Many of the immunosuppressive drugs used during pregnancy are also found in breast milk. Currently, the American Academy of Pediatrics (AAP) provides guidelines for breastfeeding based on the excretion rate and potential teratogenic effects of each drug (Tendron et al. 2002). For example, limited concentrations (<10%) of prednisone and prednisolone have been measured in breast milk, levels perceived by the AAP as nonthreatening to the breastfed infant (Coulam et al. 1982; Ost et al. 1985). Thus, mothers on prednisone therapy are allowed to breastfeed since the maternal passive immunity outweighs the minimal perceived risks of prednisone. Azathioprine and its metabolites are also detectable at low concentrations in breast milk. Interestingly, due to a paucity of data regarding azathioprine, no guidelines by the AAP for breastfeeding have yet been established. Likewise, tacrolimus (FK506), which has also been detected in breast milk at concentrations reported to be comparable to maternal blood concentrations, is lacking AAP guidelines (Tendron et al. 2002). This is not the case for other immunosuppressants.
Ablactation has been recommended in women treated with cyclosporine A, cyclophosphamide, doxorubicin, and methotrexate, because these compounds have been shown to have high rates of transfer into breast milk (Wiernik and Duncan 1971; Johns et al. 1972; Amato and Niblett 1977; Flechner et al. 1985; Nyberg et al. 1998). Some drugs, including doxorubicin, concentrate beyond maternal blood levels in human milk (Egan et al. 1985). As much as 5% of an immunosuppressive dose of cyclosporine A can transfer from serum into the breast milk, with largely unknown side effects on the child's immune system being a significant concern (Behrens et al. 1989). The blood of newborns, prior to initiation of breastfeeding, can contain cyclosporine A concentrations up to 65 to 85% of maternal levels (Gunter et al. 1989). Notwithstanding, a recent case study described a 35-year-old woman who, while on cyclosporine A, breastfed her child for 10.5 months. The child showed no clinical developmental abnormalities nor were detectable levels of cyclosporine A found in the infant (Munoz-Flores-Thiagarajan et al. 2001). This may be in contrast to laboratory rodent data. For instance, newborn rat pups, suckling from the dams who were dosed with cyclosporine A at either 15 or 25 mg/kg for 20 days, displayed thymic hypocellularity, inhibition of T-cell maturation, and depressed lymphocyte proliferation (Padgett and Seelig 2002). It is important to note that cyclosporine A blood levels in the rats were higher than what is normally reported in humans. Collectively, these studies raise questions regarding the ability of transplacental cyclosporine A exposure to impair neonatal development of the human immune system. Further, the possibility of chemotherapeutics (other than cyclosporine A) transmitting via mammary secretions and negatively impacting the developing immune system needs evaluation.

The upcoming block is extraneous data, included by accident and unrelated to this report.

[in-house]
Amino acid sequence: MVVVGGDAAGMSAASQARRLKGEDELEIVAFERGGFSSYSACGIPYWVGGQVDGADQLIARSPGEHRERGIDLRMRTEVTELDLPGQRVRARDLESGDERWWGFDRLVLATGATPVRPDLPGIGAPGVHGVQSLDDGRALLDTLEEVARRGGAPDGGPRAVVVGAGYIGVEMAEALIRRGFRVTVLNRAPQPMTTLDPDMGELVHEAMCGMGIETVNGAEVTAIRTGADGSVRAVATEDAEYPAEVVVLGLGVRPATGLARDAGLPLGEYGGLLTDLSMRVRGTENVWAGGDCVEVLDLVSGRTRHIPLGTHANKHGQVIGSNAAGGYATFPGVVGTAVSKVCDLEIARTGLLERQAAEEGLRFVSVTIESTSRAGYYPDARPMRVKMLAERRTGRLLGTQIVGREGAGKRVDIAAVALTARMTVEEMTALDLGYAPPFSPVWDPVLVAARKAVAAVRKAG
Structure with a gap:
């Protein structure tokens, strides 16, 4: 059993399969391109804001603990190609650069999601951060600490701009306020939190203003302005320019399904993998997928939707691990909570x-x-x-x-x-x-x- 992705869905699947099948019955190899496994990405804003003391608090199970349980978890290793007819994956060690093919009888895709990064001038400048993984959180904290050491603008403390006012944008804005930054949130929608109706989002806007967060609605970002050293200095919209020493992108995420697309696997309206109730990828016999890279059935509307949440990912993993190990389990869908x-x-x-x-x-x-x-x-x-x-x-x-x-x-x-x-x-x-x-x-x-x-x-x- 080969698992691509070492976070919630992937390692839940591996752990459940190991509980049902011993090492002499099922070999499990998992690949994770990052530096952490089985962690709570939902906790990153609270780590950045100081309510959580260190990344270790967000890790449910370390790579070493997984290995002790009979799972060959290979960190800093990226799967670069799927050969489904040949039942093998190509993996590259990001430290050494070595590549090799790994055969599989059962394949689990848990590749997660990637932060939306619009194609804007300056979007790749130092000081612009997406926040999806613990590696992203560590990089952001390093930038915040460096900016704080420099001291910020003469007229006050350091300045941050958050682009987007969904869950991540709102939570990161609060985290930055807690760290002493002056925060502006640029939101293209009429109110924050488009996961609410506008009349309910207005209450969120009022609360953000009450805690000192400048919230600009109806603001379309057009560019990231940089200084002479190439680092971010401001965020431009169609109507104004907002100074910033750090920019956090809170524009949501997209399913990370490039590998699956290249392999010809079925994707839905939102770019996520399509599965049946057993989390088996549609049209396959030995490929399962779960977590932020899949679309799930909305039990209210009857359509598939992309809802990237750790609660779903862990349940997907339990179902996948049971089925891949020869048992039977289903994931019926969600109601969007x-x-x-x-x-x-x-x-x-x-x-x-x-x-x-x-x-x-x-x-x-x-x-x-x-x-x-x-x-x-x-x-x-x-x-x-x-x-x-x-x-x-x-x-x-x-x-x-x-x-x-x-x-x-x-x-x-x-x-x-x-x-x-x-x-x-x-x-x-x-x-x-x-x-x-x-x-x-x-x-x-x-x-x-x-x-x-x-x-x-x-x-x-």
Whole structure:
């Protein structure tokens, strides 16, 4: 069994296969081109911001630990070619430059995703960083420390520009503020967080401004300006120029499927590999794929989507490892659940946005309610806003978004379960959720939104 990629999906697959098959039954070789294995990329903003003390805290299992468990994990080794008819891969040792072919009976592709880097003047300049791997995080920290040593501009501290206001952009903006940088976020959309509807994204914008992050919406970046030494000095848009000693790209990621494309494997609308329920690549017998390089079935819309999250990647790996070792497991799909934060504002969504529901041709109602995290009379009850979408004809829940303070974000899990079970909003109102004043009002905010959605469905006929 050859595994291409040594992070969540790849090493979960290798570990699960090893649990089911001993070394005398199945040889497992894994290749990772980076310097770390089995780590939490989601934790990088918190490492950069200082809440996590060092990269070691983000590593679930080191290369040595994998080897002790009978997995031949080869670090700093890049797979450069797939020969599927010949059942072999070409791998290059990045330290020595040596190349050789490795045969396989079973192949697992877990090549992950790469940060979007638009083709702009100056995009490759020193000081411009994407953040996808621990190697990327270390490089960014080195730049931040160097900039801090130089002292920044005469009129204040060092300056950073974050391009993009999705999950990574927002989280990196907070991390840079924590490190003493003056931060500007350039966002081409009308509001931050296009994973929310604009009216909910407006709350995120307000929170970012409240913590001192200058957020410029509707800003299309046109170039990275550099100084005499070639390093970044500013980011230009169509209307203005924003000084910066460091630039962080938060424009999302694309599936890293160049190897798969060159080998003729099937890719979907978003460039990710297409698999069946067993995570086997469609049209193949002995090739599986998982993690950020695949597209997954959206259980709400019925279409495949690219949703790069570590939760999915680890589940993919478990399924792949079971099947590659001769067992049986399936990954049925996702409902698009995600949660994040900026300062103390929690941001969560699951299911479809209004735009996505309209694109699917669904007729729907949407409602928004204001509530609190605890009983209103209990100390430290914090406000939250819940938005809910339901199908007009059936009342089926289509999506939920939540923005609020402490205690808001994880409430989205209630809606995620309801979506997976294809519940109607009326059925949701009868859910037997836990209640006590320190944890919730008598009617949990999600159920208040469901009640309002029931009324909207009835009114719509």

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For many years, scientists have been playing out the ingredients that make breast milk the perfect food for babies. They've discovered to day over 200 close compounds to fight infection, help the immune system mature, aid in digestion, and support brain growth - nature made properties that science simply cannot copy. The important long term benefits of breast feeding include reduced risk of asthma, allergies, obesity, and some forms of childhood cancer. The more that scientists continue to learn, the better breast milk looks.